Income Generation: Through the DAI Savings Rate system, users leverage DAI tokens to earn income through lockup and interest generation. Since DAI is built on the Ethereum blockchain and thus leverages the network’s own consensus mechanism, it doesn’t have its own staking mechanism per se. However, the MakerDAO system enables owners of DAI tokens to earn returns by depositing DAI into a MakerDAO smart contract. This specialized smart contract system secures the user’s investment, which has no minimum and can be withdrawn at any time.
Fast and Cheap: In many situations, international wire transfer fees can be prohibitively high, and the time it takes to finalize a transfer can be disruptively long. With DAI’s nominal transfer fees and fast processing times, global transactions from one user’s wallet to another become much more transparent and efficient.
Always On: Traditional financial institutions only operate during “business” hours. Therefore, transactions through such institutions can remain pending for days, and only finalize once banking institutions are open and transfers have actually been processed. However, through DAI and the Ethereum blockchain, transactions can be completed at any time and on any day of the year in a matter of minutes.
Highly secure: The MakerDAO system has been known to conduct extensive audits and research to aid in ensuring the robust safety of the platform. Through mathematical analysis, developers formally verify all smart contracts and underlying protocol mechanisms that constitute the internal structure of the system. That said, always do your own research (DYOR) and understand the risks before using any DeFi protocol.
What Is So Special About It?
The price of DAI is kept in check through a system of smart contracts automatically executing themselves. If the price of DAI fluctuates too far from one dollar, Maker (MKR) tokens are burned or created in order to stabilize the price of DAI.
What Else Is Different?
DeFi And DAI
Should I Buy It?
One of the key benefits of DAI is that it provides the transactional benefits of a cryptocurrency with hardly any volatility due to its linkage to the U.S. dollar. DAI is an ERC-20 token that was built specifically to run on the Ethereum blockchain. ERC stands for “Ethereum Request for Comment,” which is the standard developed in 2015 that creates and enables smart contracts on the Ethereum network.
DAI can be purchased outright on either centralized cryptocurrency exchanges or DEXs. Using the Maker Protocol, you can also borrow DAI by depositing Ethereum-based assets as collateral to underwrite the amount of DAI borrowed. DAI requires a larger collateral deposit than the amount of DAI borrowed to ensure network liquidity. If the value of your crypto-collateral drops below the value of the issued DAI tokens, the collateral can be forfeited. However, if your collateral increases in value, your DAI borrowing limit increases proportionately. The Maker Protocol operates similar to an escrow account that holds collateral until the borrowed DAI and processing fees are returned.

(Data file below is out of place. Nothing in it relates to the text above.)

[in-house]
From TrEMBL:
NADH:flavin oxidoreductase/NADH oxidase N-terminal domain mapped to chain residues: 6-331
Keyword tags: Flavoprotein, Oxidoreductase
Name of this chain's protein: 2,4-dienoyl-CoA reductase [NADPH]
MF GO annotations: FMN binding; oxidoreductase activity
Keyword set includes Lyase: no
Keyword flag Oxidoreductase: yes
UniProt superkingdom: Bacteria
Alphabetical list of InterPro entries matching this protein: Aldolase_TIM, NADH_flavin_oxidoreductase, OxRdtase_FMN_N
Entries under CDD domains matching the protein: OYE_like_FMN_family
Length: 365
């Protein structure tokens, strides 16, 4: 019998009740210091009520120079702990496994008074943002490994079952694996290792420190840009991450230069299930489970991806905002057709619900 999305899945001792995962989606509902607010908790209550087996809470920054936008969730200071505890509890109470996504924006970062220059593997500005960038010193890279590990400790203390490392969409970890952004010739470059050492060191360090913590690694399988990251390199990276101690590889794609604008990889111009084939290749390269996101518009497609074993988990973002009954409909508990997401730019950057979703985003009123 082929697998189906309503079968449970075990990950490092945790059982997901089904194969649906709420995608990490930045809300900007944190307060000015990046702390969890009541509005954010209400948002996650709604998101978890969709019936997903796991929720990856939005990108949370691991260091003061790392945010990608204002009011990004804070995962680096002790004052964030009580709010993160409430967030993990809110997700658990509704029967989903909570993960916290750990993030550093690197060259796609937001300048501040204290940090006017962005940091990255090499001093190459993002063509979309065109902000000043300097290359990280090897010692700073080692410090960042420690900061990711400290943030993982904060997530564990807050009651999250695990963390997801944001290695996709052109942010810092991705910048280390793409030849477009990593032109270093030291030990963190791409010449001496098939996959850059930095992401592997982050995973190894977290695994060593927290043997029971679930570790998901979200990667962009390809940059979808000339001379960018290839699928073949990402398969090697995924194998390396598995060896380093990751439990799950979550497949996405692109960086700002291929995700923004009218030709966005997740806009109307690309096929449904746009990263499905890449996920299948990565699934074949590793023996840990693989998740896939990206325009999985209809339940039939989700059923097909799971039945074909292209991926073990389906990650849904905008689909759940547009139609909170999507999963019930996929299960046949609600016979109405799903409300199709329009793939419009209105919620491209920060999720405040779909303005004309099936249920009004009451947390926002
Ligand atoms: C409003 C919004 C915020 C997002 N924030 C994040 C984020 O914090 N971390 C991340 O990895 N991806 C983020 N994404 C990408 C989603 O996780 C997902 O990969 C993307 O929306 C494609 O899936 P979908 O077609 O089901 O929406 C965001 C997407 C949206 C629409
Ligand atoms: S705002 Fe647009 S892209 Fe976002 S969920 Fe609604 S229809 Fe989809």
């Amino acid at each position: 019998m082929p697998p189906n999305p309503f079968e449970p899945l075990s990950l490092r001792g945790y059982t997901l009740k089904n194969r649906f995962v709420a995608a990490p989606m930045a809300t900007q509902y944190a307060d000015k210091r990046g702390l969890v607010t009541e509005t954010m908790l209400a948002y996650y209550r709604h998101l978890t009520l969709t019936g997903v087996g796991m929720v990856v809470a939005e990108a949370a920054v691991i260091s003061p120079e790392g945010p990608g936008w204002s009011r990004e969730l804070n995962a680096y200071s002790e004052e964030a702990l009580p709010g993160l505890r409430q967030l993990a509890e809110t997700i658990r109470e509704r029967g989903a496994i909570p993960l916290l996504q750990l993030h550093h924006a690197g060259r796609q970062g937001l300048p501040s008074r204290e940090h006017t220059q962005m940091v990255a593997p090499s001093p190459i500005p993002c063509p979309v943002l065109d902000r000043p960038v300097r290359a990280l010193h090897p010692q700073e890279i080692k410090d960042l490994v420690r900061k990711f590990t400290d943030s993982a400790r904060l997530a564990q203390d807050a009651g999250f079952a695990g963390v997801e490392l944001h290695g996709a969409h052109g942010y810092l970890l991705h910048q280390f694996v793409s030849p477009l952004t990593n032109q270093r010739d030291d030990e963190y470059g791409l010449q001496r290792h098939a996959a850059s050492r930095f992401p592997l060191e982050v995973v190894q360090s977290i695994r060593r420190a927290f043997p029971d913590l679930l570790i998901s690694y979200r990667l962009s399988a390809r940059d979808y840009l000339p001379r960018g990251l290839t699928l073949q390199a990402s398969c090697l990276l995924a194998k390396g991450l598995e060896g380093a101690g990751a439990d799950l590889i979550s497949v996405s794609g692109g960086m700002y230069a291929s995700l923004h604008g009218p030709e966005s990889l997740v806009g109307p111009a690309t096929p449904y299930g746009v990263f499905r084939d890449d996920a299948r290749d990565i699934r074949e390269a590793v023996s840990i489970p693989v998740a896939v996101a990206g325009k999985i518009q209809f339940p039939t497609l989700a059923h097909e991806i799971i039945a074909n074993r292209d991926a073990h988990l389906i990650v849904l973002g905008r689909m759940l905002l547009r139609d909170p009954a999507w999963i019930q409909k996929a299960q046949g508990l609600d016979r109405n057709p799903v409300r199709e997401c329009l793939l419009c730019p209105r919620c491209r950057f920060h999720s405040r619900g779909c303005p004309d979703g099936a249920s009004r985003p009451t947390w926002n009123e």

Another benefit unique to DAI is how widely integrated it is within the Ethereum blockchain. Once bought or borrowed, it can be used in hundreds of decentralized apps including:
- Decentralized finance (DeFi)
- Non-fungible tokens (NFTs)
Here are a few other features worth considering.
1. Passive income
DAI also has a unique interest-generating program called the DAI Savings Rate (DSR). It allows users to put idle DAI tokens to work producing a variable interest income through a lockup period. Another passive income option is where the DAI owner deposits the tokens directly into a MakerDAO smart contract. The smart contract is programmed to automatically add interest to the account. The investment and accrued earnings can be withdrawn anytime and has no minimum deposit.
2. Decentralized freedom
DAI investors benefit from unrestricted access to their funds, thanks to DAI’s decentralized design. There are no intermediaries, approvals, or credit checks due to its permissionless and transparent system. That’s not always the case for other assets or fiat currencies.
3. Very secure
Routine audits, DAI’s secure integrated wallet, two-factor authentication, and other security measures boost the safety of the DAI ecosystem. Additionally, developers in the MakerDAO community verify all smart contracts on the blockchain to ensure liquidity and network viability.
DAI provides a tremendous amount of flexibility and utility, with the price stability of the U.S. dollar to boot. If you buy DAI, it can be used across the Ethereum network in a number of ways, including:
- Staking of idle tokens to produce interest income
- Borrowing DAI to buy other coins
- Using it as a stable investment to hold profits from other token sales
- For in-game purchases
One downside is potential loss of your overcollateralized asset if you borrow DAI on the Maker Protocol. Otherwise, the upside of this unique asset makes it an easy way to dip your toe into crypto through a viable investment worthy of serious consideration.